Piano Hammer Modeling
The previous section treated an ideal point-mass striking an ideal string. This can be considered a simplified piano-hammer model. The model can be improved by adding a damped spring to the point-mass, as shown in Fig.9.22 (cf. Fig.9.12).
The impedance of this plucking system, as seen by the string, is the parallel combination of the mass impedance and the damped spring impedance . (The damper and spring are formally in series--see §7.2, for a refresher on series versus parallel connection.) Denoting the driving-point impedance of the hammer at the string contact-point by , we have
Thus, the scattering filters in the digital waveguide model are second order (biquads), while for the string struck by a mass (§9.3.1) we had first-order scattering filters. This is expected because we added another energy-storage element (a spring).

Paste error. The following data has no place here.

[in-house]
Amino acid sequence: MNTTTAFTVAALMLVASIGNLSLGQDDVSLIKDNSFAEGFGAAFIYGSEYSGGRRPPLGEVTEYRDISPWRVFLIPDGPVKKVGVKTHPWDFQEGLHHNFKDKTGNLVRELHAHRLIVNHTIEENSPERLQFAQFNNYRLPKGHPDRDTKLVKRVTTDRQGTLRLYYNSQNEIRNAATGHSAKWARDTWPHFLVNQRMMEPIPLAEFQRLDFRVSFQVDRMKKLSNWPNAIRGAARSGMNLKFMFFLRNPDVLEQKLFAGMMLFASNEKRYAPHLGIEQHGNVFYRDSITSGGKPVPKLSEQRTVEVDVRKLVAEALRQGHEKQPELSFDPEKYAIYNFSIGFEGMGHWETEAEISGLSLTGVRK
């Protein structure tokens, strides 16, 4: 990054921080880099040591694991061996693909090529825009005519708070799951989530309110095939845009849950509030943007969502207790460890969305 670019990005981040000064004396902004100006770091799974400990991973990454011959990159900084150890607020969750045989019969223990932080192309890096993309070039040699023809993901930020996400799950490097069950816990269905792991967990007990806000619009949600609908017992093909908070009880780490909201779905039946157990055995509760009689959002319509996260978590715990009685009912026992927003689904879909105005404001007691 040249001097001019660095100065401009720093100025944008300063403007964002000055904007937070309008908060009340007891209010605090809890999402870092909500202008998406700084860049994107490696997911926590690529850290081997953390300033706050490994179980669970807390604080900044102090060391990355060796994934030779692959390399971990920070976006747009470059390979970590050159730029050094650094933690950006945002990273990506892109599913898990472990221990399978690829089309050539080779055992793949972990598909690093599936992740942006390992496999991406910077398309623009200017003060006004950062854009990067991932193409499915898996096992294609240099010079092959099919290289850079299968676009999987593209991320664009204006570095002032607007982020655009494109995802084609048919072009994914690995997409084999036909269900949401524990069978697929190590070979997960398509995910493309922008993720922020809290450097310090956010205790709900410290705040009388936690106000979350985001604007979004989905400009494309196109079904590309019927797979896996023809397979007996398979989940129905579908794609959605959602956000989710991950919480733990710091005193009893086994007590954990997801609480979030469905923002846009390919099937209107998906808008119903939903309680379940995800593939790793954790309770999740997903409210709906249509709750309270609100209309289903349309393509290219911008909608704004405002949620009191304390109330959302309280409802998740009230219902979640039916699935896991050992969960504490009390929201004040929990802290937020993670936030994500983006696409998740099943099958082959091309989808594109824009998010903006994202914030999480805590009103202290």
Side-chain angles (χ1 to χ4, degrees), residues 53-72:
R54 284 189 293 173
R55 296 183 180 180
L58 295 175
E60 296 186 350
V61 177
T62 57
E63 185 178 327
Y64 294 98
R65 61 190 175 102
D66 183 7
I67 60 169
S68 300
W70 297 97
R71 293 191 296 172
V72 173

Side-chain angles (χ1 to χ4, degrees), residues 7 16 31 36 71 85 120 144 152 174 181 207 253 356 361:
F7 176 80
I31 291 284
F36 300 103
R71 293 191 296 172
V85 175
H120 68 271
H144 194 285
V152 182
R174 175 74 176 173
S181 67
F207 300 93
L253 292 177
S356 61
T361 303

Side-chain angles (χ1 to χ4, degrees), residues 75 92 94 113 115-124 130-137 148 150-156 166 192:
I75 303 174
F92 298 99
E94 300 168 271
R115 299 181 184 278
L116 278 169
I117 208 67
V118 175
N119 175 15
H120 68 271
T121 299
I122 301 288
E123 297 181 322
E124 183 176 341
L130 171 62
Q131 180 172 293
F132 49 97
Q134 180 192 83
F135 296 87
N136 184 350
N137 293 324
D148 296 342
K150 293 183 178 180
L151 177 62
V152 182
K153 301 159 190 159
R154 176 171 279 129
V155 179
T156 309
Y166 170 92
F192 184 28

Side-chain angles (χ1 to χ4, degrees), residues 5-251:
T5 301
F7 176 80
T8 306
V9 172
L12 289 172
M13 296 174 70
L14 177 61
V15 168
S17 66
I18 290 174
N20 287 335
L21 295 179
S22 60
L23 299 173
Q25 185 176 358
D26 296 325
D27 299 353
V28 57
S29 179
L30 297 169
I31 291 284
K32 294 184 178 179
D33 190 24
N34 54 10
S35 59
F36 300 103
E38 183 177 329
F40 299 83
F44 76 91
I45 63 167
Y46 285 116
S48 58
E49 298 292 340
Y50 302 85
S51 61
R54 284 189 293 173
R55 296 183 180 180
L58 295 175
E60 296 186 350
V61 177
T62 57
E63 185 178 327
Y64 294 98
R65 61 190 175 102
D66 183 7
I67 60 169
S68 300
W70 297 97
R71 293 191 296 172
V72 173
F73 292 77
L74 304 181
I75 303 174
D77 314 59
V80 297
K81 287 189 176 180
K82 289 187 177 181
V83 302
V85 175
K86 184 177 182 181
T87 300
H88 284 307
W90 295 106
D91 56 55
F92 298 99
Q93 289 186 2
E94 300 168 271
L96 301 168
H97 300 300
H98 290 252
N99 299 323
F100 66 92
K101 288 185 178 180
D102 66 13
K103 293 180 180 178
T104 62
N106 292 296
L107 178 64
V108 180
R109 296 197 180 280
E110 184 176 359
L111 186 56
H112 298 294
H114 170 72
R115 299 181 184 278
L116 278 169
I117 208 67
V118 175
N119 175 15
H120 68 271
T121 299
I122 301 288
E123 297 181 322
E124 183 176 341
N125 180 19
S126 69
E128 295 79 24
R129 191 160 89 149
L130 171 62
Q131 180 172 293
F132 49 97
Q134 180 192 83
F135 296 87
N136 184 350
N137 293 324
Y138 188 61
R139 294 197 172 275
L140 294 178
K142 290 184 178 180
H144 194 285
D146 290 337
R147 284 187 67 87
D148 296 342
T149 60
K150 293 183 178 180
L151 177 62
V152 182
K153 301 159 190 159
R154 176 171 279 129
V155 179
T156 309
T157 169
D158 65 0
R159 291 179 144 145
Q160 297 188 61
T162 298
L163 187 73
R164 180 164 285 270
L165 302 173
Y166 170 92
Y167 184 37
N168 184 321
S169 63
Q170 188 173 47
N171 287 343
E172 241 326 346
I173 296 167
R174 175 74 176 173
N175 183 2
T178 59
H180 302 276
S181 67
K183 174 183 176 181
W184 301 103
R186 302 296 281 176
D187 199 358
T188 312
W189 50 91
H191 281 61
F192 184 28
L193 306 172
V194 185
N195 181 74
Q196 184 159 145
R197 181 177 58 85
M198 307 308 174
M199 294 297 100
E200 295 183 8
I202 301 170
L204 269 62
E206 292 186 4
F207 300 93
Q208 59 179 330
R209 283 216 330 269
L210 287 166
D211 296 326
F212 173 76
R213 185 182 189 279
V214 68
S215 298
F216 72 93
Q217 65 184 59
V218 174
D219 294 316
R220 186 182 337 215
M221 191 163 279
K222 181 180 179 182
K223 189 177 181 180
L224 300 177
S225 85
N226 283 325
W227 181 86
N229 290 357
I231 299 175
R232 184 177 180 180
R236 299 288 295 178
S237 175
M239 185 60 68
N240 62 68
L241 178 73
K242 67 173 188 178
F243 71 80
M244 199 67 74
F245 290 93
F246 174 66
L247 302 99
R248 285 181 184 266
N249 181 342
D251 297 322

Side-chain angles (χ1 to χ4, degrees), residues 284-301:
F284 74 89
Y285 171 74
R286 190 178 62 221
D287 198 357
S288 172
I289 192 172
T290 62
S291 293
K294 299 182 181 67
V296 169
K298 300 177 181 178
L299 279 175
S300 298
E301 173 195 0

The impedance formulation of Eq.(9.19) assumes all elements are linear and time-invariant (LTI), but in practice one can normally modulate element values as a function of time and/or state-variables and obtain realistic results for low-order elements. For this we must maintain filter-coefficient formulas that are explicit functions of physical state and/or time. For best results, state variables should be chosen so that any nonlinearities remain memoryless in the digitization [361,348,554,555].
In the musical acoustics literature, the piano hammer is classically modeled as a nonlinear spring [493,63,178,76,60,486,164].10.14Specifically, the piano-hammer damping in Fig.9.22 is typically approximated by , and the spring is nonlinear and memoryless according to a simple power law:
The upward force applied to the string by the hammer is therefore
This force is balanced at all times by the downward string force (string tension times slope difference), exactly as analyzed in §9.3.1 above.
where (s), and again denotes piano key number .
Relating to Eq.(9.21) above, we have (N/mm).
Ideal String Struck by a Mass